The Preiss Group - RNA Biology

The Preiss group studies the mechanisms and transcriptome-wide patterns of RNA-level gene regulation in eukaryotes, an area of strong general interest as much of our genome is transcribed into a myriad of RNAs, many with unknown functions. The general intent is to chart the complexity of such transcription outputs and how transcriptome function is shaped through RNA processing/modification and dynamic RNA-protein interactions. Dysregulation of RNA-level control abounds in disease; hence the group’s research addresses human health in diverse ways, with a particular emphasis on contributions to cancer and cardiac biology. The work is primarily based in mammalian and yeast cell culture models and employs a mix of classic molecular biology and contemporary ‘omics’ approaches.

One main focus is mRNA translation, a process that takes place on the ribosome and is divided into initiation, elongation and termination phases, each aided by numerous distinct accessory factors. The group uses specialised high-throughput sequencing methods to better understand the mechanism of translation and how it is regulated by cellular signalling, RNA-binding proteins and non-coding RNAs. For example, the group has made important contributions to the understanding of ribosome recruitment to mRNA during the initiation phase of translation. To achieve this, they innovated the sequencing and mapping of footprints of ribosomal complexes along mRNA; their approach, termed translation complex profile sequencing, is related to the popular ‘ribosome profiling’ method. They have also characterised how microRNAs repress translation initiation and how regulated transcription termination creates mRNA isoforms that are either subjected to, or evade, microRNA-mediated repression.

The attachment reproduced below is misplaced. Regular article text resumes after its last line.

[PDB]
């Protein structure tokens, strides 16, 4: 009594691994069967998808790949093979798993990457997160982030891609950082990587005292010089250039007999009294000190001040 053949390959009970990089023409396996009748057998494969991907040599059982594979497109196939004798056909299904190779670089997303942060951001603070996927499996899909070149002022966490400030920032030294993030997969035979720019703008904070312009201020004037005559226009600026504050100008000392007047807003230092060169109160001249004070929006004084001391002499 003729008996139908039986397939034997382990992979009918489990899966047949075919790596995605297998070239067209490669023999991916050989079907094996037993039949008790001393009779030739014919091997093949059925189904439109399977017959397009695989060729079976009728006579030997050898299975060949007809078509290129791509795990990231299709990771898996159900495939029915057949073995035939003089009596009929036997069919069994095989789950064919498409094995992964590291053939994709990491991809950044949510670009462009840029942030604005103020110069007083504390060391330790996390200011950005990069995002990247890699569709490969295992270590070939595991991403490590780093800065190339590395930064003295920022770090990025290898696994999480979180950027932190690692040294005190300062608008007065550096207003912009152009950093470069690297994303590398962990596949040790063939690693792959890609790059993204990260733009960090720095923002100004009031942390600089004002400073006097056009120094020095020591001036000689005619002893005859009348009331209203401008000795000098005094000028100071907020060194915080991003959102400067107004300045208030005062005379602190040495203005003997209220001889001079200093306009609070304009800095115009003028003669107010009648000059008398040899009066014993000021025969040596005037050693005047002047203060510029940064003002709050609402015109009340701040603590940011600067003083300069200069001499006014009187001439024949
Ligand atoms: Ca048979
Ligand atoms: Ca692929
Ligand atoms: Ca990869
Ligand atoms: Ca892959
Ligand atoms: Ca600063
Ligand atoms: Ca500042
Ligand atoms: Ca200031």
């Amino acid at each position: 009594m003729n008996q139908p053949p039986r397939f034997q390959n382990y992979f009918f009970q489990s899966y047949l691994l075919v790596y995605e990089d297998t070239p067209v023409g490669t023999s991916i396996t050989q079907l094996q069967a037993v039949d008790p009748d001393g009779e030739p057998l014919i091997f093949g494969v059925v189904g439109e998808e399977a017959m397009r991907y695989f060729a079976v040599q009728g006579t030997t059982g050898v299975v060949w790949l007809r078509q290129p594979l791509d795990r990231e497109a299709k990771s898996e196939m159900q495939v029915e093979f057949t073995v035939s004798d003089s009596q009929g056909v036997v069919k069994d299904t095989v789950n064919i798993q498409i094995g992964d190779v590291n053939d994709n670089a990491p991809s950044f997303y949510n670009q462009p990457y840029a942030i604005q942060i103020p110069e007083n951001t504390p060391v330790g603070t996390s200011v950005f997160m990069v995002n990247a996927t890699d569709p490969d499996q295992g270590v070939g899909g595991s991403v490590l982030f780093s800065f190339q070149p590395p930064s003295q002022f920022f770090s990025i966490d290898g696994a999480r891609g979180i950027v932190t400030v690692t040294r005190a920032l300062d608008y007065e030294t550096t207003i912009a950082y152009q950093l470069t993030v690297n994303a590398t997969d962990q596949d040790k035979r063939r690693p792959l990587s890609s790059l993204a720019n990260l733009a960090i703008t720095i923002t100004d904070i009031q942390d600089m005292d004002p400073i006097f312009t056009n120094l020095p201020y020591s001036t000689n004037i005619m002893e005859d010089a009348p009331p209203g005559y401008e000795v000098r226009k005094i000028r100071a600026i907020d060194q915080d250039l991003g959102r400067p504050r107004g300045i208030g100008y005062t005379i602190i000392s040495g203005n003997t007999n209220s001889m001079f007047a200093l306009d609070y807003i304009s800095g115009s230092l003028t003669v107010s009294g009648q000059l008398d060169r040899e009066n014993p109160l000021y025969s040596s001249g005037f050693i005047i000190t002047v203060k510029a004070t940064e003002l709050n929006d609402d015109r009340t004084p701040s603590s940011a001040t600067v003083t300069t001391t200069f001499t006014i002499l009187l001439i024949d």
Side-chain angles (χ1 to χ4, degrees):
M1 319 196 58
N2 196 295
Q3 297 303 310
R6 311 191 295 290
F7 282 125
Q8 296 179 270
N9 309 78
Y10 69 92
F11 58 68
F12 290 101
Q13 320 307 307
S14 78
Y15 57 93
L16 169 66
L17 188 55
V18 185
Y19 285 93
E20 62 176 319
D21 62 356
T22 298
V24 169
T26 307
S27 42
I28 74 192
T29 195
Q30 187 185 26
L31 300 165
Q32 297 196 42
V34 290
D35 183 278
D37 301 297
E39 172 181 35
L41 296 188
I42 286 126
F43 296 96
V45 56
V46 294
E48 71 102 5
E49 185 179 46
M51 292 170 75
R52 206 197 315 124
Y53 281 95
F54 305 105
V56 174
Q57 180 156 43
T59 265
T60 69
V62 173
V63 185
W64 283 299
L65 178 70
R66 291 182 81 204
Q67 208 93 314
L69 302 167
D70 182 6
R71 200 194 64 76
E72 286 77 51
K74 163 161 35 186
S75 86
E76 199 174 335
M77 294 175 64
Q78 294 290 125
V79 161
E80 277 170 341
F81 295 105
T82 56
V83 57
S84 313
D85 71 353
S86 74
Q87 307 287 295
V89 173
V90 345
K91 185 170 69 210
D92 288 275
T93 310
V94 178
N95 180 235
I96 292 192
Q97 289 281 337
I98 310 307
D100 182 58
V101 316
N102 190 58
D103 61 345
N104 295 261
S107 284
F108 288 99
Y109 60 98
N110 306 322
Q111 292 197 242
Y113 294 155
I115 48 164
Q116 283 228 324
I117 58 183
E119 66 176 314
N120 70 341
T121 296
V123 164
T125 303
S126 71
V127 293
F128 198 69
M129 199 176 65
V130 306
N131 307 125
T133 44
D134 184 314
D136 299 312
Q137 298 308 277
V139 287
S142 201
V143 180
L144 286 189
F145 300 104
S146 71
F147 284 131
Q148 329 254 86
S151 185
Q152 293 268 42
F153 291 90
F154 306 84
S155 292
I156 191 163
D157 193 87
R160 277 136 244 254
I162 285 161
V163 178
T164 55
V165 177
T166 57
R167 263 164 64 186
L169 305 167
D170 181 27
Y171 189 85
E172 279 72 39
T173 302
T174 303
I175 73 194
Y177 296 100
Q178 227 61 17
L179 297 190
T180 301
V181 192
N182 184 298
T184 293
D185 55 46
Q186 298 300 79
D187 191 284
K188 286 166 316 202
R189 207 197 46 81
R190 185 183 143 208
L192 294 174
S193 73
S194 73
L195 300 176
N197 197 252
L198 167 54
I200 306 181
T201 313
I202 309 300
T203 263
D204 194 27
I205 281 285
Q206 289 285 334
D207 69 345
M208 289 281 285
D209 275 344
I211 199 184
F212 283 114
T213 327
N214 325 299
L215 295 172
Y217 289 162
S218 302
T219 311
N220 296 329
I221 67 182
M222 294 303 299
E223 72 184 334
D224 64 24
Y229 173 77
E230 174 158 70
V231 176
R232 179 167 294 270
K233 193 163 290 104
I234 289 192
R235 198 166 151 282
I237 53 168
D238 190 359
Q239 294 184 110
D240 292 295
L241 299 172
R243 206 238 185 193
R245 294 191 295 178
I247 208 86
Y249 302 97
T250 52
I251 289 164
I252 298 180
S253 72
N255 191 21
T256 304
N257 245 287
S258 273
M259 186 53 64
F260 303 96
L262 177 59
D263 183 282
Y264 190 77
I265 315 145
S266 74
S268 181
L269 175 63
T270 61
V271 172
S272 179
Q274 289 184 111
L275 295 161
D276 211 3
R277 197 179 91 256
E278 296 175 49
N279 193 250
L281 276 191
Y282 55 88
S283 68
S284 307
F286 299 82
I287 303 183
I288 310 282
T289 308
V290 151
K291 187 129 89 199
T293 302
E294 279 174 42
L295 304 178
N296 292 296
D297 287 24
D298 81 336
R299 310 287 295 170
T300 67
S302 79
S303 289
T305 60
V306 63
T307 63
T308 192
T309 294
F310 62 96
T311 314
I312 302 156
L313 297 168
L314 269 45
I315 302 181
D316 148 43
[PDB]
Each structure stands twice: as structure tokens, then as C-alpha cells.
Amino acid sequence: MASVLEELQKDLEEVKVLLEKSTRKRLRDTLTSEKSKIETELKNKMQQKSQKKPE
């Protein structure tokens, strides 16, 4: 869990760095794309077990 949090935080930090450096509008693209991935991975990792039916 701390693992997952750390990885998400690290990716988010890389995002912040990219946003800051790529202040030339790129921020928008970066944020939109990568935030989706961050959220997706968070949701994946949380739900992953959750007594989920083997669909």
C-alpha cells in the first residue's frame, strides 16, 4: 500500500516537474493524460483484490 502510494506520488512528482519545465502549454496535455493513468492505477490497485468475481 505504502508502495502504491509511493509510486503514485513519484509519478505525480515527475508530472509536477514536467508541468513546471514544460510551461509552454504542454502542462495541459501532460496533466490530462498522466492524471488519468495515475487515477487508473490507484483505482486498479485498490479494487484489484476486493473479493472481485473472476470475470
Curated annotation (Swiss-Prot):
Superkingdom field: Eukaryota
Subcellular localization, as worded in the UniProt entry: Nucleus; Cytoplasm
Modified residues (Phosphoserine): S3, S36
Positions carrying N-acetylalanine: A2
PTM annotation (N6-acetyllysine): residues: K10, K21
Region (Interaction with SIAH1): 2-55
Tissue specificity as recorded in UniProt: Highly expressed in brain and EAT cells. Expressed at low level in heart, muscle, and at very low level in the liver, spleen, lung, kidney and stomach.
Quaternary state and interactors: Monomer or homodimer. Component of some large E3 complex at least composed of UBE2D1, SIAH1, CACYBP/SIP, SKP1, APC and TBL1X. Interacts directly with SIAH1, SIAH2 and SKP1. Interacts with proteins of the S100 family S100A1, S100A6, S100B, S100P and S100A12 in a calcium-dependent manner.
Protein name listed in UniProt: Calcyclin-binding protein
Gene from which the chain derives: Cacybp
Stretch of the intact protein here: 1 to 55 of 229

The group is further contributing to the bourgeoning epitranscriptomics field, concerned with the functional study of RNA modifications. Specifically, they pioneered the mapping of 5-methylcytosine in the human transcriptome and linked its presence in mRNA to translation. Their interest in the surprisingly prevalent group of circular RNAs, has led them to describe aspects of their unusual biogenesis through ‘back-splicing’ and their potential function in protein synthesis. Finally, using the tools of proteomics, the Preiss group is also on the hunt for proteins that, besides their recognised function, ‘moonlight’ in RNA-binding. This has revealed a surprisingly frequent crosstalk between RNA biology and other cellular processes such as intermediary metabolism.

The above-mentioned areas of RNA biology are all actively researched in the Preiss Group and enquiries for currently available projects are welcome from potential Honours or PhD students.

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